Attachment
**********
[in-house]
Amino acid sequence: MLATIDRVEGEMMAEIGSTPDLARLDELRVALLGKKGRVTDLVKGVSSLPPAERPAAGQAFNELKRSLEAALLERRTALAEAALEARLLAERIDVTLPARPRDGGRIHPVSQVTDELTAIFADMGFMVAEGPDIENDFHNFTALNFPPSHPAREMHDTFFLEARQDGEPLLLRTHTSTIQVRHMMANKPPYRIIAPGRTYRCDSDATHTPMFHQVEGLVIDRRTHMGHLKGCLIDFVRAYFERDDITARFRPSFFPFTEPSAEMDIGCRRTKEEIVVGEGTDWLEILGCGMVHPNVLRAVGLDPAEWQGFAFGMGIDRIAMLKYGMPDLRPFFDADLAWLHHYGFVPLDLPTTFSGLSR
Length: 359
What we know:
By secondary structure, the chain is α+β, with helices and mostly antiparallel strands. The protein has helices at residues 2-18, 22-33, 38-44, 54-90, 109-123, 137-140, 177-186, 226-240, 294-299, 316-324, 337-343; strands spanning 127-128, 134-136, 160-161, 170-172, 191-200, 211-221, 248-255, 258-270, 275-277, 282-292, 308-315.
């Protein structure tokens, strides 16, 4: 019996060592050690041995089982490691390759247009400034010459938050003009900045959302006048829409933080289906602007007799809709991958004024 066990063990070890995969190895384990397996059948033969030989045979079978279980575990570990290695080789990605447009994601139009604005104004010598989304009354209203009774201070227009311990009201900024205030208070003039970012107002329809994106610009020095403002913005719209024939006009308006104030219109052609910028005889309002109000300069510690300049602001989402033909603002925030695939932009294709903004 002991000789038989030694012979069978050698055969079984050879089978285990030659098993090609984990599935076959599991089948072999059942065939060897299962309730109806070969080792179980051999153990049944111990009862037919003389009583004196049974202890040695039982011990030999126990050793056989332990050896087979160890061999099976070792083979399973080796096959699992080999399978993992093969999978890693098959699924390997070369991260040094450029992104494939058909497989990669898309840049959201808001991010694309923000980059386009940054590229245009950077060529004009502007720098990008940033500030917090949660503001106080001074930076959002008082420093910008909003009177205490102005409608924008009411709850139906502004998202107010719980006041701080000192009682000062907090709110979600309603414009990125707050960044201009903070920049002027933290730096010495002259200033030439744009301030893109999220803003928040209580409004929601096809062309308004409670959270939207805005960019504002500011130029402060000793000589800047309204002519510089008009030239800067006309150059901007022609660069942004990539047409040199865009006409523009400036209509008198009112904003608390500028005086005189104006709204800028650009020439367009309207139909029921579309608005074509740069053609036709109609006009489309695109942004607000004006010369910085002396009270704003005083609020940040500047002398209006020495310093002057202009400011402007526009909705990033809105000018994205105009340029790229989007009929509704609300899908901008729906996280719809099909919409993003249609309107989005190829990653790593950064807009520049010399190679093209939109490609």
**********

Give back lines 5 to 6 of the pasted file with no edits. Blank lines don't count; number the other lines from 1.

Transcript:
By secondary structure, the chain is α+β, with helices and mostly antiparallel strands. The protein has helices at residues 2-18, 22-33, 38-44, 54-90, 109-123, 137-140, 177-186, 226-240, 294-299, 316-324, 337-343; strands spanning 127-128, 134-136, 160-161, 170-172, 191-200, 211-221, 248-255, 258-270, 275-277, 282-292, 308-315.
């Protein structure tokens, strides 16, 4: 019996060592050690041995089982490691390759247009400034010459938050003009900045959302006048829409933080289906602007007799809709991958004024 066990063990070890995969190895384990397996059948033969030989045979079978279980575990570990290695080789990605447009994601139009604005104004010598989304009354209203009774201070227009311990009201900024205030208070003039970012107002329809994106610009020095403002913005719209024939006009308006104030219109052609910028005889309002109000300069510690300049602001989402033909603002925030695939932009294709903004 002991000789038989030694012979069978050698055969079984050879089978285990030659098993090609984990599935076959599991089948072999059942065939060897299962309730109806070969080792179980051999153990049944111990009862037919003389009583004196049974202890040695039982011990030999126990050793056989332990050896087979160890061999099976070792083979399973080796096959699992080999399978993992093969999978890693098959699924390997070369991260040094450029992104494939058909497989990669898309840049959201808001991010694309923000980059386009940054590229245009950077060529004009502007720098990008940033500030917090949660503001106080001074930076959002008082420093910008909003009177205490102005409608924008009411709850139906502004998202107010719980006041701080000192009682000062907090709110979600309603414009990125707050960044201009903070920049002027933290730096010495002259200033030439744009301030893109999220803003928040209580409004929601096809062309308004409670959270939207805005960019504002500011130029402060000793000589800047309204002519510089008009030239800067006309150059901007022609660069942004990539047409040199865009006409523009400036209509008198009112904003608390500028005086005189104006709204800028650009020439367009309207139909029921579309608005074509740069053609036709109609006009489309695109942004607000004006010369910085002396009270704003005083609020940040500047002398209006020495310093002057202009400011402007526009909705990033809105000018994205105009340029790229989007009929509704609300899908901008729906996280719809099909919409993003249609309107989005190829990653790593950064807009520049010399190679093209939109490609």